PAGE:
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|Presentation Title||Every Fish That Dies Gets Eaten|
|Presenting Author Name||J.D. Wikert|
|Presenting Author Affiliation||USFWS|
|Unit Meeting||Cal-Neva Chapter|
|General Topic||salmonids habitat and predation|
|Type of Presentation||Oral|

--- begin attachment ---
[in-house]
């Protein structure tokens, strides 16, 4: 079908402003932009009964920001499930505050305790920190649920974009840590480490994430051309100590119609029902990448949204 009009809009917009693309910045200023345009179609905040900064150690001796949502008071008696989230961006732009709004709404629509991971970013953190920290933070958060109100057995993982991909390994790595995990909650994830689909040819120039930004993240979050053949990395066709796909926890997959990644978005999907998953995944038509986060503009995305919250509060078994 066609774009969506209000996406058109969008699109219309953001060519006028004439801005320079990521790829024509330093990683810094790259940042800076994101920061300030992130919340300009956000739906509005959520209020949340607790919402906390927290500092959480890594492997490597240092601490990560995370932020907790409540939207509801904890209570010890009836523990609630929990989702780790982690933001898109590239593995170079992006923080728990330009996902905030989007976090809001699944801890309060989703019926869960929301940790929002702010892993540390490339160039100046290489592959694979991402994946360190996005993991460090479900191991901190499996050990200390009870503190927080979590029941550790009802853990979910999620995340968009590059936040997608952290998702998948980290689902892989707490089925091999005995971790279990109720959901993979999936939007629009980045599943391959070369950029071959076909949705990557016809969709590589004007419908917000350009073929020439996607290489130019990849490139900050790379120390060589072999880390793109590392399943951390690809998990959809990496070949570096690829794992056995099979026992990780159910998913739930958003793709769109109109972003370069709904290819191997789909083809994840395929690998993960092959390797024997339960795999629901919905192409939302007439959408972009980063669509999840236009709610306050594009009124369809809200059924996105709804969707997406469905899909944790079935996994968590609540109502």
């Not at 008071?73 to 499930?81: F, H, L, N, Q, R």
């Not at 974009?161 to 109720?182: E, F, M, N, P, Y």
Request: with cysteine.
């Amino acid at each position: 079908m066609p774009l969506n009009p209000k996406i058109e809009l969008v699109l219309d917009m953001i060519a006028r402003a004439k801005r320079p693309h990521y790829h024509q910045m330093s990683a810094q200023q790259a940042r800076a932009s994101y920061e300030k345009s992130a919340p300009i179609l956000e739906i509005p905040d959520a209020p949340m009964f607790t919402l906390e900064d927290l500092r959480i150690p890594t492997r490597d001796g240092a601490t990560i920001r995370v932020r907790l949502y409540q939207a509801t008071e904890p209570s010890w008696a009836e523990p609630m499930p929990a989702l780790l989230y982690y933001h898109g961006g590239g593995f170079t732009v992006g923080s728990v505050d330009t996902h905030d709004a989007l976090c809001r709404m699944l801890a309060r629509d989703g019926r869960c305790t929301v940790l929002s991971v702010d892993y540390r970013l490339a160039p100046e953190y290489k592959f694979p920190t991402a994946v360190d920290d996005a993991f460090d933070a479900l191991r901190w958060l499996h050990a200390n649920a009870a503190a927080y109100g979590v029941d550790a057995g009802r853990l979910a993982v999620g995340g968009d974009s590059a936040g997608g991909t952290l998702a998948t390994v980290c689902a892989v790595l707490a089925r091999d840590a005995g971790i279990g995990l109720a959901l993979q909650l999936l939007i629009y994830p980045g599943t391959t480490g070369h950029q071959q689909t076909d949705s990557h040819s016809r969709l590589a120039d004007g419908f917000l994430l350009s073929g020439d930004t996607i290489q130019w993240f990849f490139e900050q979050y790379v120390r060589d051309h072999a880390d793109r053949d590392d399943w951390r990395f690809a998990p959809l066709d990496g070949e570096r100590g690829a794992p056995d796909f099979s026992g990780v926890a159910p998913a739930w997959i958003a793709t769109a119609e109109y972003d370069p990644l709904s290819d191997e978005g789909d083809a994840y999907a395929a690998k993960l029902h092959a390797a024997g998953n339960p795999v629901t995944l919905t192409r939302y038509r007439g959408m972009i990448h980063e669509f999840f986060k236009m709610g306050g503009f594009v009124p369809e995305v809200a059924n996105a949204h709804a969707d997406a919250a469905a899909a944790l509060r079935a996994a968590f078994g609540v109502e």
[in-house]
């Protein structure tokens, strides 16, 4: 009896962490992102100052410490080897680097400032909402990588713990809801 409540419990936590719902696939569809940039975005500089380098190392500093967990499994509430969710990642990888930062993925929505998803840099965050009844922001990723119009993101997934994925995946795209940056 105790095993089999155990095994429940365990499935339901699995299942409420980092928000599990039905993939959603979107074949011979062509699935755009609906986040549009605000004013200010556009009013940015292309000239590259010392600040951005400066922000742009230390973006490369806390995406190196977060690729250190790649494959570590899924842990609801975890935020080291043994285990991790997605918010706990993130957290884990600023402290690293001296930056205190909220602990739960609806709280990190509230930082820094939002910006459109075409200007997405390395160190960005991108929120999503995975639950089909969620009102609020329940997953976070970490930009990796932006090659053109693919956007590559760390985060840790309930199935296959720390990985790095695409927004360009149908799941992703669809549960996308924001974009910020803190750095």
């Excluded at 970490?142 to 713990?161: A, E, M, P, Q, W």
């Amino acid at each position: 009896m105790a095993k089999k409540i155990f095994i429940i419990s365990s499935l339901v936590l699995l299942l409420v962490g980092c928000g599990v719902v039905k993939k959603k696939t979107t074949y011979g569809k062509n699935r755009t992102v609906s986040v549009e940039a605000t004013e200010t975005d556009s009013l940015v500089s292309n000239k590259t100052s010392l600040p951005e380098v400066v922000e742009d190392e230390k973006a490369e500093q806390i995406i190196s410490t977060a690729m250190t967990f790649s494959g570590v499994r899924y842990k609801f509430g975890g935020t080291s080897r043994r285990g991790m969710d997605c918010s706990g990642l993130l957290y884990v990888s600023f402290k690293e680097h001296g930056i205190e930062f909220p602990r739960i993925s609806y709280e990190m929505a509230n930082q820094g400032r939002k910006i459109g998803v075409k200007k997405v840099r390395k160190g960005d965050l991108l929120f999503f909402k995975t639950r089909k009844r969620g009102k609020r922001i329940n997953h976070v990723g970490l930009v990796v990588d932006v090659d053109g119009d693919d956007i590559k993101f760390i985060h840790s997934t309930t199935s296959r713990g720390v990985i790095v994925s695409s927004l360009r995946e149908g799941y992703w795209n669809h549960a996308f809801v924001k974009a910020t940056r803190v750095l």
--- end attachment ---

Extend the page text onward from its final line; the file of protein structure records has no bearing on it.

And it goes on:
Predation happens, especially on juvenile Chinook Salmon (Oncorhynchus tshawytscha) in the San Joaquin River Basin in California’s Central Valley. Political interests blame unusually high predation rates on the presence of non-native predator fish, especially Striped Bass (Morone saxatilis). While salmon and their non-native piscine predators have coexisted for more than a century, recent changes in habitat changed dynamic of the predator-prey interactions. Physical and biological conditions greatly influence predator prey interactions and habitat restoration aimed at creating conditions more favorable to the prey (juvenile salmon) can provide long-term solutions to the predation problem.